Letters from Hope Now and Project Lifeline urge delinquent borrowers to call either their servicers or Hope Now's hot line: (888) 995-HOPE (4673). Callers to the Hope Now hot line are referred to nonprofit agencies.
How counselors help
Counselors have access to supervisors who can make decisions on proposed repayment plans or mortgage modifications. In effect, the nonprofit counselors do the same job as the phone answerers in the mortgage companies' loss-mitigation departments: They collect the necessary information, evaluate it and propose a workout plan to a supervisor. (See "What you need to get foreclosure help" to know what documents you need.)
A workout might entail forbearance, in which the borrower repays the past-due amount by paying extra every month for a year or two, or it might be a modification, in which the terms of the loan contract are changed. A mortgage might be modified by freezing or lowering the interest rate, by extending the final payoff date, or even by forgiving a portion of the debt.
"Everybody gets individual treatment," says Jessica Cecere, director the Consumer Credit Counseling Service of West Palm Beach, Fla. "The plans, the solutions -- everyone doesn't wear a size 8, so we're going to pull out all the stops to figure out what shoe fits."
The process requires a lot of personal financial information.
"What we're trying to do is understand what it is they can afford, given their current situation," says Thomas A. Kelly, spokesman for JP Morgan Chase. "We don't want to modify their loan or work out some agreement that they can't afford."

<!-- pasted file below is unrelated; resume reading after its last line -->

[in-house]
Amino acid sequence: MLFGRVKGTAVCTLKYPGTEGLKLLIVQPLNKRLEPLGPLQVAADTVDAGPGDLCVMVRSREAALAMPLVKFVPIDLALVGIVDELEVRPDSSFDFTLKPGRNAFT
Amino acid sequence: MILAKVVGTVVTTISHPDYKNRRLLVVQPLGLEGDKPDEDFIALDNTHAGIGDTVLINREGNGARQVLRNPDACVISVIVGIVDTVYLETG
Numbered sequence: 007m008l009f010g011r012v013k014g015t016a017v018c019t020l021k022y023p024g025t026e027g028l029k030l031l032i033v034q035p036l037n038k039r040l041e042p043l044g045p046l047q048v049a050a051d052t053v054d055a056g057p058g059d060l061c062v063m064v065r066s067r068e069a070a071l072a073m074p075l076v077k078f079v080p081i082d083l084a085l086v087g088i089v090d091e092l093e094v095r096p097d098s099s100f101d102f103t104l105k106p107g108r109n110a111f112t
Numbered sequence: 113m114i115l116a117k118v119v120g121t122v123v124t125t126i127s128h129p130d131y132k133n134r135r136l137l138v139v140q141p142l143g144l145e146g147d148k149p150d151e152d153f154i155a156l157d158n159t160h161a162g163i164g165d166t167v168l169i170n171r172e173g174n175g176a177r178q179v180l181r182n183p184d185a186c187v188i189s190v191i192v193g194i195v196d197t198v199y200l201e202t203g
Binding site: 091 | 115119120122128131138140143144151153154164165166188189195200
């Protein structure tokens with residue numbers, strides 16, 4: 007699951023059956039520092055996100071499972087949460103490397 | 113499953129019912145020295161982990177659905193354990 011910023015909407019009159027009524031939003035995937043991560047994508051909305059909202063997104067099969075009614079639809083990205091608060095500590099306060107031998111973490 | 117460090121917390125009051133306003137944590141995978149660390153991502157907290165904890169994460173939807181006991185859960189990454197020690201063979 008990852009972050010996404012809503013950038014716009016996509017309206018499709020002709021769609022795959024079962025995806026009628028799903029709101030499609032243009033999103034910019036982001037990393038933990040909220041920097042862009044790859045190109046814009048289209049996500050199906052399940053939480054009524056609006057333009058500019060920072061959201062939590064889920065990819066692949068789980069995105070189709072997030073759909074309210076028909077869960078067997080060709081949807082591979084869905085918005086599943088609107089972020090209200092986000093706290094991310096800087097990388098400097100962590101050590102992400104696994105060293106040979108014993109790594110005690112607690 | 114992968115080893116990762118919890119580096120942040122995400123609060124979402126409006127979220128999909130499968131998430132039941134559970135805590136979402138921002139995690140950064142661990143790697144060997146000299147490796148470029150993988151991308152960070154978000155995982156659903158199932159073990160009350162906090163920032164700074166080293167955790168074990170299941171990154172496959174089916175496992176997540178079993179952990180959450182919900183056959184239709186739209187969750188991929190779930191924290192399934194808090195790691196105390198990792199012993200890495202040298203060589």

The same philosophy prevails at ESOP, where Jones says, "We don't build sky castles for them." Sometimes people can no longer afford their houses because the adjustable rate went up sharply, or because of job loss, illness, divorce or other misfortune. In such cases, "our suggestion is to seek some other means of having a residence," Jones says.
The hot spot
ESOP and about 15 other agencies use the Hot Spot Card, an information-gathering form developed by Chicago's National Training and Information Center. In addition to asking the questions you would expect -- the loan number, how far behind the borrower is on payments and how much house payment the borrower could afford every month -- the Hot Spot Card asks about lender malfeasance: Has the collections department called too early in the morning or too late at night? Has it refused to accept a payment?
Four servicers -- Chase, CitiMortgage, Ocwen and SPS -- have formal partnerships with NTIC affiliates to accept Hot Spot Cards, says Gail Parson, director of NTIC's Save the American Dream campaign.
"Because it has gone well with the group that we're working with, many times counselors will send Hot Spot Cards to other lenders," she says. It's an example of nonprofit agencies not only doing the jobs of mortgage servicers' front-line people, but of suggesting more efficient ways of doing those jobs.